Ubuntu publisher Canonical has announced the general availability of Ubuntu Core 20, the containerized version of its popular Linux flavor built for IoT and embedded systems. Canonical describes this as a major release, and it brings Ubuntu Core in line with Ubuntu’s 20.04 release that came early in 2020.
Available and certified for both x86 and ARM single board computers, Ubuntu core is used, according to Canonical, on “Tens of thousands of industrial and consumer IoT devices run Ubuntu Core, brought to market by Bosch Rexroth, Dell, ABB, Rigado, Plus One Robotics, Jabil, and more.”
The major features of Ubuntu Core 20 center around security for IoT and edge devices, with new features such as secure boot, full disk encryption, and secure device recovery being added alongside the usual updates and OS improvements that come with a major release.
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Security is a major concern for the types of machines developed on Core-certified hardware; their distance from businesses, physical security, and attack surface, among other concerns, leave IoT devices ripe for hacking, reprogramming, and data theft. That doesn’t mean edge computing will stop being the future for business, leading to a critical juncture of security and practicality that Ubuntu Core 20 is designed to address.
“As apps move to the edge, the value of data in remote locations increases. Ubuntu Core 20 adds secure boot with hardware-backed full disk encryption to guarantee confidentiality from physical attackers,” said Ubuntu Core project manager Galem Kayo.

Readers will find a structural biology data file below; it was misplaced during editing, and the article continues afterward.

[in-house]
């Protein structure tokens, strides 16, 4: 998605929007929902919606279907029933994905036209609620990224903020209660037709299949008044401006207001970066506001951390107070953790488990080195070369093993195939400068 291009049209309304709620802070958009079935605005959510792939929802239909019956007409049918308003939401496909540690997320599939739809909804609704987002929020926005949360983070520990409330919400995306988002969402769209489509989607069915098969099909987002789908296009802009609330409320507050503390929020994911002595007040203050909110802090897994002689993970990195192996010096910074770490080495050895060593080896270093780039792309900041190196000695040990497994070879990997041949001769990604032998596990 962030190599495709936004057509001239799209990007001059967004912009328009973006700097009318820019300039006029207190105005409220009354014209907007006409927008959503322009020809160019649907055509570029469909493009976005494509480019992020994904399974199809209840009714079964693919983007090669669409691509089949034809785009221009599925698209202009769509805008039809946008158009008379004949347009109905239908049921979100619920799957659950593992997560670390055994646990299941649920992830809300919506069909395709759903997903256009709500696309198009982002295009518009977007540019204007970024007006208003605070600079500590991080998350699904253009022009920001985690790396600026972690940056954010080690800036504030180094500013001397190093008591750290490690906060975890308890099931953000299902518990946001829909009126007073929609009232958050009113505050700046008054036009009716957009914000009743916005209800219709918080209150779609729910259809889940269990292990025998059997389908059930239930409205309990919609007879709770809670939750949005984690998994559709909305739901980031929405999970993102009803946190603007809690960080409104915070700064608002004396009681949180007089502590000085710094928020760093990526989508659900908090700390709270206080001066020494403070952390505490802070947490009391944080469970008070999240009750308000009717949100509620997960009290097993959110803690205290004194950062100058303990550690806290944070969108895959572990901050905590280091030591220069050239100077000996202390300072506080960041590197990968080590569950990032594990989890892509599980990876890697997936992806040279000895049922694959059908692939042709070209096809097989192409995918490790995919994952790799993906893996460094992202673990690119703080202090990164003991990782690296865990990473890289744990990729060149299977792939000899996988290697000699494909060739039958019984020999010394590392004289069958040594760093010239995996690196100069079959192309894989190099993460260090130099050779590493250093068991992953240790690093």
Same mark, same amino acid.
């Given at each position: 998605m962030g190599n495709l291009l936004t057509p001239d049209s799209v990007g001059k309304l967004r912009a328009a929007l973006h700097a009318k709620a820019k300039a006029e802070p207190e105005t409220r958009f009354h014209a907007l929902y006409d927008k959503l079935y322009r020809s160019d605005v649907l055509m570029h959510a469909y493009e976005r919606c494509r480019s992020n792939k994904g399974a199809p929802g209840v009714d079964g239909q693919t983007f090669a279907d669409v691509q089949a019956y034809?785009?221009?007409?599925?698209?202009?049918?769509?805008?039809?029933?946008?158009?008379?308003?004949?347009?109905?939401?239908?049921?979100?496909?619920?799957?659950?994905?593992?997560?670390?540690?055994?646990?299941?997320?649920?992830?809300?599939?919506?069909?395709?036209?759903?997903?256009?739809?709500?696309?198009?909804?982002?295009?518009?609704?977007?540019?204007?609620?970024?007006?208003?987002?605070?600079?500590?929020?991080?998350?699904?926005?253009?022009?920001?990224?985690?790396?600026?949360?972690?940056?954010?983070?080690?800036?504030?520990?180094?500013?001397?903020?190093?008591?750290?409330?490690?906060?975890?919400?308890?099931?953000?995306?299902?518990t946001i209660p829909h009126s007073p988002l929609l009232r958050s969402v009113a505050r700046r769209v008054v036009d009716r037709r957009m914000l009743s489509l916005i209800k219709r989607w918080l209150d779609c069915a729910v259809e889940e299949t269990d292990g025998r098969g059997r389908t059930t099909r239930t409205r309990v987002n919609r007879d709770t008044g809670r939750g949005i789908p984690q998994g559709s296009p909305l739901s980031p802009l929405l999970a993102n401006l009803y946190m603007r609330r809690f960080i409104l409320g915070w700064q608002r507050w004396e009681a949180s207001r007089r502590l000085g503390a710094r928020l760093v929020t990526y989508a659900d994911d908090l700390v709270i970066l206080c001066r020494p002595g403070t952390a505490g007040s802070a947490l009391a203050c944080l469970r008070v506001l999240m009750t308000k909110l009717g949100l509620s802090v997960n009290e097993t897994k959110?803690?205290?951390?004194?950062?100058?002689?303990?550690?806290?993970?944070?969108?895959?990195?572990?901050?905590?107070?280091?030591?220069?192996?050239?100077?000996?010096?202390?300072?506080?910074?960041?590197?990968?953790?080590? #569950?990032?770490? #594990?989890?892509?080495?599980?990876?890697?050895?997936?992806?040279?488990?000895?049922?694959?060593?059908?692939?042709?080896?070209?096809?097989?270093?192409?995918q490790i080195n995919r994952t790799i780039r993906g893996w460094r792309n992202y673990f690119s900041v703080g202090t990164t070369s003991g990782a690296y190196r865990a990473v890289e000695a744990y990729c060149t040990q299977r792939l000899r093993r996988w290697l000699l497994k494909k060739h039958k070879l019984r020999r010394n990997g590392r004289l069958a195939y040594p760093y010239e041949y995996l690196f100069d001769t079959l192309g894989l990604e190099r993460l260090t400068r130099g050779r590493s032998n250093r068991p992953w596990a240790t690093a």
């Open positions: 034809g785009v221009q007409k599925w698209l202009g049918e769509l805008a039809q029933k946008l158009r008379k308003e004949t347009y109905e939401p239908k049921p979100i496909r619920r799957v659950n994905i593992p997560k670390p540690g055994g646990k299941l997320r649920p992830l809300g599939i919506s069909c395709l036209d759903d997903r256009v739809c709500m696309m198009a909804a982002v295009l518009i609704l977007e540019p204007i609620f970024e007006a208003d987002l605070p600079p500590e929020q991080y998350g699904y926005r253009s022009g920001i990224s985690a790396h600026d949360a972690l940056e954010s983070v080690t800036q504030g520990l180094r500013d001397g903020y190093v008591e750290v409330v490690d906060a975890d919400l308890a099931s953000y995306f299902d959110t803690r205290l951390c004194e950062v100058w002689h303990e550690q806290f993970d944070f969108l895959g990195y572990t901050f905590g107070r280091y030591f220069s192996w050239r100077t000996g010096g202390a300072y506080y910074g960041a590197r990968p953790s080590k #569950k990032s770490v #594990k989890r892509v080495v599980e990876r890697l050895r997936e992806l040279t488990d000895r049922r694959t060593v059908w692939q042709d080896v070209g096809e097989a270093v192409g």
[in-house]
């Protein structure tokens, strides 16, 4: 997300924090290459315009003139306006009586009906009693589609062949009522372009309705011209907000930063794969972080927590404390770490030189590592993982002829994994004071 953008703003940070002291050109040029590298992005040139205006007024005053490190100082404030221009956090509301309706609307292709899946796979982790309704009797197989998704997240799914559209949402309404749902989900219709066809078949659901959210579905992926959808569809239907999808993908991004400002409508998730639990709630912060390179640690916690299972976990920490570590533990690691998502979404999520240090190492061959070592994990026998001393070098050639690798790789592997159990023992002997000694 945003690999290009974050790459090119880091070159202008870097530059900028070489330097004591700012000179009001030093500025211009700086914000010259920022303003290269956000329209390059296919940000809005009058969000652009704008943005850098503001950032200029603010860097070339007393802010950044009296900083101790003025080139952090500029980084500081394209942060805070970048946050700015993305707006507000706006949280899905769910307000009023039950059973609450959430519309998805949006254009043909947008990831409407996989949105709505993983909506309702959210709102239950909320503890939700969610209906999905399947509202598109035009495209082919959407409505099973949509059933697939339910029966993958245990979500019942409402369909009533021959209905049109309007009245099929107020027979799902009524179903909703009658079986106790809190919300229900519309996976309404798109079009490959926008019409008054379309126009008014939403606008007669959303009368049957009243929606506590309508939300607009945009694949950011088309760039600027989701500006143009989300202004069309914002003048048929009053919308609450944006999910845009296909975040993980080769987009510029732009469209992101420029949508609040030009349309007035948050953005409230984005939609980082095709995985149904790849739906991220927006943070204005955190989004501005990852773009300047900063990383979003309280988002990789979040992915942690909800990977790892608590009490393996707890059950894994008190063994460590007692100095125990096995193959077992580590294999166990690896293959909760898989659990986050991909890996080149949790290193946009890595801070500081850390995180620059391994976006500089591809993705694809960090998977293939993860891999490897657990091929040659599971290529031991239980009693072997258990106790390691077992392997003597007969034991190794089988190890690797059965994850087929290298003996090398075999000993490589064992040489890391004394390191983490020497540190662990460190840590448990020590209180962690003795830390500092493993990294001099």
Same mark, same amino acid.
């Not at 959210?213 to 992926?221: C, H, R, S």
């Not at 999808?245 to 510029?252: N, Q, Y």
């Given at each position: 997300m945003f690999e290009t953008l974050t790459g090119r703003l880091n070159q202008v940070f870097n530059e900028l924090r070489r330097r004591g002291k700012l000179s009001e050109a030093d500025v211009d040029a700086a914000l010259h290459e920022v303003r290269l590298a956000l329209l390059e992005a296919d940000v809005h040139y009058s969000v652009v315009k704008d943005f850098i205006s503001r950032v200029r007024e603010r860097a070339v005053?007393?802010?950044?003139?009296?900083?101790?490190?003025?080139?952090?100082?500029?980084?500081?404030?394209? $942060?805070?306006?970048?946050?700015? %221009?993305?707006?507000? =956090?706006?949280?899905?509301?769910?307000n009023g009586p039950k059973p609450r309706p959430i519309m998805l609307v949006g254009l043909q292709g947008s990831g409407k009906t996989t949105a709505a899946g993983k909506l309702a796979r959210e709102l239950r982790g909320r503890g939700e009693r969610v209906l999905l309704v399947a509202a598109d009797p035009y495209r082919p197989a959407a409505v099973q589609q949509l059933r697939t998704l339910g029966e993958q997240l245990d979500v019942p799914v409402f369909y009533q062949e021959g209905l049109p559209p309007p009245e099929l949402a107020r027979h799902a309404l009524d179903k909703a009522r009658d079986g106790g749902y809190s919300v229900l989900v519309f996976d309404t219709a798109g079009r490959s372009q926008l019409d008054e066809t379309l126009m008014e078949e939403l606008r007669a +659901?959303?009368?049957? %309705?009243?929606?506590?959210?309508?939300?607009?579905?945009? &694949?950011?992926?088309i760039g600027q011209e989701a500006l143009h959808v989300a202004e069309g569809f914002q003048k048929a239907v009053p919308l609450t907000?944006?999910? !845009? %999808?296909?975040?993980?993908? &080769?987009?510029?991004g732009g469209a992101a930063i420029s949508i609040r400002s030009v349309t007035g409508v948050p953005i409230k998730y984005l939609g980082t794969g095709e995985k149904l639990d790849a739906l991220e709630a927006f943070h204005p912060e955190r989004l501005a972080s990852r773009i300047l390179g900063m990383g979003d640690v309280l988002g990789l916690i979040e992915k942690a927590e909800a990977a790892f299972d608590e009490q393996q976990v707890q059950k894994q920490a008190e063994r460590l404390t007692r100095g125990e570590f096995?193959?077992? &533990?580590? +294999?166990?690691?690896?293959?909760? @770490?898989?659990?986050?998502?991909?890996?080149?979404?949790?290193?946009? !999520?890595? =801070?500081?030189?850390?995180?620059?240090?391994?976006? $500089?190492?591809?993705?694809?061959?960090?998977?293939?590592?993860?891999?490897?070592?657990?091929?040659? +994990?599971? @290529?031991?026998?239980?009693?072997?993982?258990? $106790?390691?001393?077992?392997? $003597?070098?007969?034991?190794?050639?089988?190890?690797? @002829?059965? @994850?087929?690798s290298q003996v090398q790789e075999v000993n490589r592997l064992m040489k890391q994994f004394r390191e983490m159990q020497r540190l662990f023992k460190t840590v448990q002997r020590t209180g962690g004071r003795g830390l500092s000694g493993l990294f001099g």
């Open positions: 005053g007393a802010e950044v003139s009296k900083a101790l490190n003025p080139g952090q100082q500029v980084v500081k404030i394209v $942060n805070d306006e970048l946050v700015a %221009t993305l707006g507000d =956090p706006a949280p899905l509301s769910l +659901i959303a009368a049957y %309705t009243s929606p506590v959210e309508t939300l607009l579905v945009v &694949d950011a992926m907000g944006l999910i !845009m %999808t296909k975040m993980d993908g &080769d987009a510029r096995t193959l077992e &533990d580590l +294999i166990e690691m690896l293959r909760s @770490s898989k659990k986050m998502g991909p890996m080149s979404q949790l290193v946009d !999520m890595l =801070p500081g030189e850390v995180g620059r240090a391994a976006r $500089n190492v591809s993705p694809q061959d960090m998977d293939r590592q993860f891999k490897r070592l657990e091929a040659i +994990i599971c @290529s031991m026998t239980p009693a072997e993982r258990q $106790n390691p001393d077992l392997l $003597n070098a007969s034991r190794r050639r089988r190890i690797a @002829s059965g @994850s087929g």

In a breakdown of how Ubuntu Core 20 enhances security, Canonical listed existing features like unattended updates, a minimal attack surface thanks to containerization, and a lack of unnecessary base Ubuntu apps alongside the new features added in Core 20.
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Apps are a thread that runs through the Core 20 announcement as well. Apps in Ubuntu Core exist as snaps, which are self-containerized sandboxed apps originally developed by Canonical for IoT devices. Because of the nature of IoT devices, snaps are a core part of Ubuntu Core’s design. The Snap package manager is available on non-Ubuntu Core devices and for non-Core apps, but its design as a repository for packaged, containerized software remains the same, making it a key part of installing necessary software on IoT and edge devices.
“Every connected device needs guaranteed platform security and an app store. Ubuntu Core 20 enables innovators to create highly secure things and focus entirely on their own unique features and apps, with confinement and security updates built into the operating system,” said Canonical CEO Mark Shuttleworth.
IoT product designers, developers, and anyone else interested in learning about Ubuntu Core and the features of the new Core 20 release should visit Canonical’s site to sign up for an upcoming February 24 webinar.